prejudiced UTMB in the least, UTMB wants me to impose what amounts to death
penalty sanctions on Charles for the late filing. I am not going to do so. The words
of one my colleagues on the federal bench, Judge Jonathan Goodman, are
particularly appropriate here: “defense counsel may want to brush up on the
concepts o[f] karma, goodwill, grace, compassion, equity, charity, flexibility,
respect, spirituality, selflessness, kindness, public spirit, social conscience and
empathy.” Debra Cassens Weiss, Judge suggests lawyer who opposed extension
may want to brush up on karma concepts, ABA JOURNAL (Mar. 27, 2020),
available at https://www.abajournal.com/news/article/judge-suggests-lawyerwho-opposed-extension-may-want-to-brush-up-on-concept-of-karma.
Second, some objections have been lodged both by Charles and UTMB to the
summary judgment evidence presented by the other side. To start, Charles objects
to two paragraphs contained in the Connally declaration submitted by UTMB,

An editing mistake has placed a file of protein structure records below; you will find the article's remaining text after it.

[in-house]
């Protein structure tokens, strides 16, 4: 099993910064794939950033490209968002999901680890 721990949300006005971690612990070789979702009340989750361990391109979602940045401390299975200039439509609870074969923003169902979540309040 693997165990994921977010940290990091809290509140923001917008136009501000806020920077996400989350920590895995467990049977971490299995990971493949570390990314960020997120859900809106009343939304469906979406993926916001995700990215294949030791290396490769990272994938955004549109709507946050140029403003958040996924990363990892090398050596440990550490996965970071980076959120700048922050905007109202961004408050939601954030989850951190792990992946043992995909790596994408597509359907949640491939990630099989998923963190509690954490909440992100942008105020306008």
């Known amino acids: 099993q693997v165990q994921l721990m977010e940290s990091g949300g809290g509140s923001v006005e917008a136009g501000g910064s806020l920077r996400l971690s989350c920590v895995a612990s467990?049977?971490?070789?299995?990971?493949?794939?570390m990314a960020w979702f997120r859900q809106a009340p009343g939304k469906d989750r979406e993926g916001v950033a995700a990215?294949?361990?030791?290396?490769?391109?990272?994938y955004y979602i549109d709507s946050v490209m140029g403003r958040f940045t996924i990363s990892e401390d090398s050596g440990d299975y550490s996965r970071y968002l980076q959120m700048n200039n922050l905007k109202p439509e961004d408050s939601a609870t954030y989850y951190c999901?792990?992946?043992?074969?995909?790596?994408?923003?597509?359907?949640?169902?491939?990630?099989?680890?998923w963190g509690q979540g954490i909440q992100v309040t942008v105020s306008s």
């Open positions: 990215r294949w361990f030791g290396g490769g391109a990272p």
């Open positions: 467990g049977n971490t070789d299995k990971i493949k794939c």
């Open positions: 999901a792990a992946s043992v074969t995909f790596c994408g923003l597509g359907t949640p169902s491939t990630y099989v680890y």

arguing that such testimony constitutes “hearsay and hearsay within hearsay.” Dkt.
37 at 24. After carefully reviewing the portions of the Connally declaration in
dispute, I overrule Charles’s objections. The declaration simply does not contain
hearsay. The only out-of-court statement offered for the truth of the matter in the
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declaration is a statement made by Charles. That statement is not hearsay since it
is an admission by a party opponent. See FED. R. EVID. 801(d)(2)(A).
Turning to UTMB’s objections to Charles’s summary judgment evidence,
UTMB argues that the declarations of Angela White (Exhibit 28) and George
Beasley (Exhibit 29) should be struck because these witnesses were untimely